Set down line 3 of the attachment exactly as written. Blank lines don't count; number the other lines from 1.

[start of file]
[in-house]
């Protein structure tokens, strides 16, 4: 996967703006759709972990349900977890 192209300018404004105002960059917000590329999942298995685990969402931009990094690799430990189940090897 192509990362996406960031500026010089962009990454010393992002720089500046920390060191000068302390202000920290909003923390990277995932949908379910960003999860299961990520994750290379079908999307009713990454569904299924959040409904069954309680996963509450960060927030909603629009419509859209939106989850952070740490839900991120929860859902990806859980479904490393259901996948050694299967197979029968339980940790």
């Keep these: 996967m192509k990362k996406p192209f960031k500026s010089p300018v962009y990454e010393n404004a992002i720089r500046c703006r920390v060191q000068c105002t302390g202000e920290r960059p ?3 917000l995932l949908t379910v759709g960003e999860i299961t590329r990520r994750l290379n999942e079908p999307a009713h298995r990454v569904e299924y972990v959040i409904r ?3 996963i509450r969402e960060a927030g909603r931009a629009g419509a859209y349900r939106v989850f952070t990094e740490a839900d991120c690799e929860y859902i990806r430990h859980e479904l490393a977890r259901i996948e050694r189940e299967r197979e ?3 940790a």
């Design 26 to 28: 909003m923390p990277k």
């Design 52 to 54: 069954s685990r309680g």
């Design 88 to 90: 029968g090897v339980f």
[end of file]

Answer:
């Keep these: 996967m192509k990362k996406p192209f960031k500026s010089p300018v962009y990454e010393n404004a992002i720089r500046c703006r920390v060191q000068c105002t302390g202000e920290r960059p ?3 917000l995932l949908t379910v759709g960003e999860i299961t590329r990520r994750l290379n999942e079908p999307a009713h298995r990454v569904e299924y972990v959040i409904r ?3 996963i509450r969402e960060a927030g909603r931009a629009g419509a859209y349900r939106v989850f952070t990094e740490a839900d991120c690799e929860y859902i990806r430990h859980e479904l490393a977890r259901i996948e050694r189940e299967r197979e ?3 940790a």